The Bone Ships is a fantasy adventure about pirates and the tracking of a “legendary” whale. The novel is a different experience from what fantasy readers are used to, but the characters and the world-building will hook them into the story and wheel them in the end. R.J. Barker illustrates what life on the seas is really like and why some people are better off staying on land. But, if sentenced to a black ship, then it is the “Tide Child” you’ll want to be on!

My Rating: Enjoy It (4 out of 5).

8 comments on “Why You Need to Read: “The Bone Ships”

  1. Awesome review. I really liked this book, too, and all the adventure and pirate-y language. It is a really fun read.

    Liked by 1 person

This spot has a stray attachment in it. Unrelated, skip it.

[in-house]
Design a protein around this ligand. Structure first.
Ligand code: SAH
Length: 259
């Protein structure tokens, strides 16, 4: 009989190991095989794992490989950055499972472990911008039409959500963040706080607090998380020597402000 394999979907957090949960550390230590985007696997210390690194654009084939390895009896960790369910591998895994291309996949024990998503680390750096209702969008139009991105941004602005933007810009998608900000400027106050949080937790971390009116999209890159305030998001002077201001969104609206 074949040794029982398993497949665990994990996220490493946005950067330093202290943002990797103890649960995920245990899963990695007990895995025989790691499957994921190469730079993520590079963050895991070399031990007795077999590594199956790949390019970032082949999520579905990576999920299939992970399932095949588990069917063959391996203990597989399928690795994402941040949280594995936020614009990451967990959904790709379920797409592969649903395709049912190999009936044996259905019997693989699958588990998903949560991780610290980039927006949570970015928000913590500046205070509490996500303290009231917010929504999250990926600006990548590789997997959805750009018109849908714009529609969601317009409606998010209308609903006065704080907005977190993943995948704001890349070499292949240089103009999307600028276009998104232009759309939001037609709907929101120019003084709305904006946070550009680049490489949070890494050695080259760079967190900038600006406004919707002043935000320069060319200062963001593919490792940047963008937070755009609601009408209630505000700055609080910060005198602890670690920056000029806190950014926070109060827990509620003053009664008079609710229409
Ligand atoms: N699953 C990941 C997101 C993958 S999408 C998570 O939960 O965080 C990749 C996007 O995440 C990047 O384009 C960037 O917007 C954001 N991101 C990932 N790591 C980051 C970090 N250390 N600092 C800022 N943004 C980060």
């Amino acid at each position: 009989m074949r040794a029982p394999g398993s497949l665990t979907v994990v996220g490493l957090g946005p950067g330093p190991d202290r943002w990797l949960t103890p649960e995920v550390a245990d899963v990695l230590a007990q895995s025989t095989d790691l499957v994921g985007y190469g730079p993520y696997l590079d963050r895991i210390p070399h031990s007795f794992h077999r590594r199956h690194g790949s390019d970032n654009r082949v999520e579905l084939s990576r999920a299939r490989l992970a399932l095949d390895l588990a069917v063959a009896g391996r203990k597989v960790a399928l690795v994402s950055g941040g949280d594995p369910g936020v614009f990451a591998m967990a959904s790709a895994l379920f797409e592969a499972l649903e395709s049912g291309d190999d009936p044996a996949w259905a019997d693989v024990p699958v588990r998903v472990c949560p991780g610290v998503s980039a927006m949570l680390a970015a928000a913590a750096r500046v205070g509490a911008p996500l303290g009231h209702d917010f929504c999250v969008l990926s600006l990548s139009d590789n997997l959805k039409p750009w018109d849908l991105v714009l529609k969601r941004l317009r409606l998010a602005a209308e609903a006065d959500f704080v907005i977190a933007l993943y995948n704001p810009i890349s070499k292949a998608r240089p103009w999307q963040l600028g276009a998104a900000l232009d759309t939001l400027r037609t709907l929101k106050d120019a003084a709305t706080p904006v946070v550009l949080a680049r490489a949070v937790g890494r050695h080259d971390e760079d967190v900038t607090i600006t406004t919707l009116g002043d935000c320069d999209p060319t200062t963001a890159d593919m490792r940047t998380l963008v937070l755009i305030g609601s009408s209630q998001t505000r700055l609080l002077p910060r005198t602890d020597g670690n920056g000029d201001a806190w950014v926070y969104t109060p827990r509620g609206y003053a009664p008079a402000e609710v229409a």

2. I haven’t read anything by this author, but I do have this one on my TBR. I’m curious about pirate stories but pretty picky about them as well. Your review makes me think I would might like this one.

    Liked by 1 person

  3. Off The TBR says:

    I really enjoyed The Bone Ships too. I was a little surprised at some of the mixed reviews but I understand it I guess.

    Liked by 1 person

  4. […] #25 The Bone Ships (The Tide Child Trilogy #1) by R.J. Barker […]

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  5. […]             The Bone Ships was my surprise book of 2019; and, since I’ve finish it, I’ve been excited to read the sequel. I don’t know whether or not the sequel picks up immediately after the events of the first book, but I know that the subplot continues in this book and it’s going to be very interesting. More voyages ahead for the readers! […]